Tuesday, March 11, 2008

The building's shaking, and we're happy

When the organ's being played at Spivey Hall, everyone here knows it. The three-manual, 77-rank, 4,413-pipe Albert Schweitzer Memorial Organ, built by Fratelli Ruffatti of Padua, Italy, sets the whole building shaking. In the back offices of the Hall (a space no longer given over to dimly lit storage and a lonely marketing manager's desk after this year's refurbishment), conversations are covered by the constant whoosh of air through the adjacent blowers and wind chambers. In other offices next to the recording control booth, closest to the auditorium itself, it's hard sometimes to hear yourself think, far less talk. The roar of the organ pipes comes straight through my walls, too, particularly the lowest notes that make lots of ordinarily quiet objects (including the windows) shudder. In big climaxes, it feels as if Spivey Hall is about to launch into outer space.

I'm not complaining -- it's magnificent! And this week, the forces are even mightier, since the organ is augmented by more musical star-power: the Atlanta Symphony Brass Quintet. As I type, the brass players -- trumpets Tom Hooten and Michael Tiscione, horn Richard Deane, trombone George Curran and tuba Michael Moore -- are rehearsing with Spivey Hall's organist-in-residence Richard Morris. Truly, I have not heard a more robust or glorious sound in this hall!

The six will be playing together in such varied works as Salvum fac populum tuum by Charles Widor, Rolf Smedvig's arrangement of "Sheep May Safely Graze" from Bach's Cantata BWV 208, "A Mighty Fortress is Our God" as arranged by Vaclav Nelhybel (a book fell from one my shelves just a minute ago during that one), Gary Olson's setting of "Let Nothing Ever Grieve Thee," Brahms' Op. 30 (of a quieter, more contemplative nature, comparatively speaking), and the Grand Choeur Dialogue by Eugene Gigout, in Rich Mays' arrangement. Plus there's the sprightly Voluntary No. 1 by William Boyce for two trumpets and organ, with all its buoyant ceremonial splendor.

Talk about BIG! This is a larger-than-life experience that will have music surging through every member of the audience, and may actually lift some of them off their seats. (And in a strange way, it's somewhat consoling to know that the acute annoyance of any errant and disruptive @#&$ 7$*&! cell phone left on by its inattentive and inconsiderate owner, should this wretched device happen to ring during the performance [unpublishable invective from the Executive & Artistic Director deleted], may be utterly swallowed up by the sound of what people REALLY want to hear.)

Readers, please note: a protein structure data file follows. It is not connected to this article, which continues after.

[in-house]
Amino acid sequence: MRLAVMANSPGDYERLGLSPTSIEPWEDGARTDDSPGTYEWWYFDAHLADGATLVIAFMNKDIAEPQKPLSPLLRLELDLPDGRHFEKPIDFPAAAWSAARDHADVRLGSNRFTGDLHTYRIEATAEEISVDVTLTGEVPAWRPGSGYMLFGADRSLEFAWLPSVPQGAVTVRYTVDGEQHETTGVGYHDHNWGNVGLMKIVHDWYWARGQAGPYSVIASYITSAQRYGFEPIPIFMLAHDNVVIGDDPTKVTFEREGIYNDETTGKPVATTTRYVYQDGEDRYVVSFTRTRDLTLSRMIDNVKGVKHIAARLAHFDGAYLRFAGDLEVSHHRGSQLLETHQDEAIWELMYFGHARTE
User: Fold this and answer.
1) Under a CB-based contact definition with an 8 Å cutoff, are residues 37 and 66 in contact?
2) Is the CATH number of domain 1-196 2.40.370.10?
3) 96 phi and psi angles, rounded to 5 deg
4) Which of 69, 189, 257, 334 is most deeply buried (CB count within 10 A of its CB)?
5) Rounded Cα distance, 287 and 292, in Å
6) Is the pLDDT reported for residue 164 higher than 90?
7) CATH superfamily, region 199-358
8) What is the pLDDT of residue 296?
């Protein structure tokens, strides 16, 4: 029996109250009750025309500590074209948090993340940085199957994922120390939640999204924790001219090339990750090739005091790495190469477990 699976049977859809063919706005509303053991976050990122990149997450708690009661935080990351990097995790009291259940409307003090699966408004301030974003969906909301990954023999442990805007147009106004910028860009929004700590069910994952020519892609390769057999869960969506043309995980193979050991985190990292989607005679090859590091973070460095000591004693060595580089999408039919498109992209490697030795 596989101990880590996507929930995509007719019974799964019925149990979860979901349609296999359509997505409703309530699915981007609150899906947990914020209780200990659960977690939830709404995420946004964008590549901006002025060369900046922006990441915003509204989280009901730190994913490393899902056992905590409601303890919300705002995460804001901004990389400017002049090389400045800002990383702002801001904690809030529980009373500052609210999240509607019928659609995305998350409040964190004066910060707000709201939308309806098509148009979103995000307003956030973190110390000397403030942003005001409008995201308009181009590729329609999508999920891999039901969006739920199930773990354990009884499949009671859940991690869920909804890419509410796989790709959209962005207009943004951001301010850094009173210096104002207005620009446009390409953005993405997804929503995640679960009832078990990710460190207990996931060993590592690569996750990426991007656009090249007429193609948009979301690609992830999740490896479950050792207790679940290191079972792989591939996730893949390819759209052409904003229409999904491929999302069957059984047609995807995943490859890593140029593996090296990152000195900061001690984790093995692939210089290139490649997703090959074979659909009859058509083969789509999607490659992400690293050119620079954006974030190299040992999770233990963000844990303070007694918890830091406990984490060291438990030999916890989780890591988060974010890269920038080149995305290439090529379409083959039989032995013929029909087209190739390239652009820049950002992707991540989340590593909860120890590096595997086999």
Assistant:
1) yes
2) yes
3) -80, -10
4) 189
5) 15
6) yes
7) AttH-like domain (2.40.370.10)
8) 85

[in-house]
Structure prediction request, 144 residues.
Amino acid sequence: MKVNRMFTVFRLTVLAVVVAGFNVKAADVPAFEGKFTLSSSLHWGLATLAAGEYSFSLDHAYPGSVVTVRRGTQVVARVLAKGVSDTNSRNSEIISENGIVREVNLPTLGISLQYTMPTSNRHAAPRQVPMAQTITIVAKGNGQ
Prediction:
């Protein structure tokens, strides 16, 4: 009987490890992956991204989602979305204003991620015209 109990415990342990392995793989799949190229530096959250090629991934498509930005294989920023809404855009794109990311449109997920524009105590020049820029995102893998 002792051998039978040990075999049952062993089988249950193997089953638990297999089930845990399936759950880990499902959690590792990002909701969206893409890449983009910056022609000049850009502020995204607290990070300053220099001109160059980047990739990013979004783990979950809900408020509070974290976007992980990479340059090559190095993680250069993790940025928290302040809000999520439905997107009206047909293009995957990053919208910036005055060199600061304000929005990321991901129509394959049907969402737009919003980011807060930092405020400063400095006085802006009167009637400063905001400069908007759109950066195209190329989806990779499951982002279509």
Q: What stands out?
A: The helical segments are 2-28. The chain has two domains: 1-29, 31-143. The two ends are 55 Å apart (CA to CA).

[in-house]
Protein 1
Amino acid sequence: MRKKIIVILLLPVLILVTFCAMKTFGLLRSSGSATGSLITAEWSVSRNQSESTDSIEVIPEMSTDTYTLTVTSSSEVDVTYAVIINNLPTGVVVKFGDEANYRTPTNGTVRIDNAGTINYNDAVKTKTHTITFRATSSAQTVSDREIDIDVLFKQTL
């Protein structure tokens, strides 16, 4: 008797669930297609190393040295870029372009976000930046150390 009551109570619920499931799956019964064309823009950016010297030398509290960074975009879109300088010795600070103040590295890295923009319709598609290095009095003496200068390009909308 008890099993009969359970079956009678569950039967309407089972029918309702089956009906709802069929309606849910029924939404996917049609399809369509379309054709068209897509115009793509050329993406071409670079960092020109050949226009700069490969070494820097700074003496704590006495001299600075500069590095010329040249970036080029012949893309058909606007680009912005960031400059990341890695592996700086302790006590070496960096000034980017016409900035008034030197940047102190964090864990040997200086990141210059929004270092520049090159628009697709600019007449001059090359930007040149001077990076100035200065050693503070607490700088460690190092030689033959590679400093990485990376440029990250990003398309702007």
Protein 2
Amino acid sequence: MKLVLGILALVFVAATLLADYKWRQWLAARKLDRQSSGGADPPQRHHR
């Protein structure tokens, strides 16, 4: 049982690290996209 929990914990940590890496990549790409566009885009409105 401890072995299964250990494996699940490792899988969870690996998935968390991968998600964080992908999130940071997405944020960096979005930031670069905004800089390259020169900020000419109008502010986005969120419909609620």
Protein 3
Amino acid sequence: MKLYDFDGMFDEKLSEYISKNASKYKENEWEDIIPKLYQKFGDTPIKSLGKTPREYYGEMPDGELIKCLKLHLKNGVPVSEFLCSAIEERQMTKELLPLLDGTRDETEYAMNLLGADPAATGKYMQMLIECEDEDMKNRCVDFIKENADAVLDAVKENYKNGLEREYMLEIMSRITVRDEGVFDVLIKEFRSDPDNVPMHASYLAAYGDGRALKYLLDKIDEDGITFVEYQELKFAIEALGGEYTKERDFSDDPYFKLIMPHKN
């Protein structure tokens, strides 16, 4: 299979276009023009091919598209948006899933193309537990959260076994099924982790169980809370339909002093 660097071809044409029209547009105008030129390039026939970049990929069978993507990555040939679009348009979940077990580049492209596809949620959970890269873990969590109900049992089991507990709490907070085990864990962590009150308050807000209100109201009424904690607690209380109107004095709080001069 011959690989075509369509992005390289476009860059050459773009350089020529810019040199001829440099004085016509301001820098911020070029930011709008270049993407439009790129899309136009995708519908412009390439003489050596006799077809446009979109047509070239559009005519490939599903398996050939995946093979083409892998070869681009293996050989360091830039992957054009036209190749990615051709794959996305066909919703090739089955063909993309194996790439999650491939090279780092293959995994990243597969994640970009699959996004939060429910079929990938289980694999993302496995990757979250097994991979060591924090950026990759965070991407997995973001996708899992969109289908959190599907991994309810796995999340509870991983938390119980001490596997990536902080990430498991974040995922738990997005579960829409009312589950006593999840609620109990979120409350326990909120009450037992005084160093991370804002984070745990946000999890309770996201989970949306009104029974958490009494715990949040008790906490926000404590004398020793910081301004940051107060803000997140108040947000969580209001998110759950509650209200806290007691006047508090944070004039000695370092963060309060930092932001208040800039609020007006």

In addition to the arrangements, there are works for solo brass (Anthony DiLorenzo's Fire Dance and "Londonderry Air" in Robert Hepple's setting) as well as for solo organ (Bach's G-major Prelude and Fugue, BWV 550 and the lovely Aria by Charles Callahan, which highlights the diverse tonal character of Spivey Hall's organ so attractively).

Richard Morris and the ASBQ perform this Saturday, March 15th at 3 PM. The organ also gets another workout this weekend when the Southern Crescent Symphony gives an afternoon concert featuring three local organists -- Ann Manuel, Rick Massengale, and Jackie Reed -- performing highlights of the repertoire for organ and orchestra, including the third movement of Copland's Organ Symphony, the Poulenc Organ Concerto for String Orchestra and Timpani, and the very popular concluding Maestoso from the Saint-Saens "Organ" Symphony, all under the direction of conductor Richard Bell. Concert time on Sunday, March 16th is 3 PM.

Of distinctively different character (and not requiring the organ) will be our kick-off of St. Patrick's Day festivities with the all-star Irish instrumental quintet, Lunasa. Throughout the U.S., U.K., Canada, Australia, Europe and beyond they win accolades as one of the finest, freshest Irish bands to reach international prominence in recent years, taking traditional Irish music in new directions to new audiences. Inspired by Ireland's great 1970s group, the Bothy Band, Lunasa uses melodic interweaving of wind and string instruments, pairing flutes, fiddle, whistle and pipes. Check out their website, http://www.lunasa.ie/. The boys in the band are celebrating their 10th anniversary as Lunasa, and we'll be having a good time with them this Friday (March 14th, 8:15 PM) -- hope you can join us.


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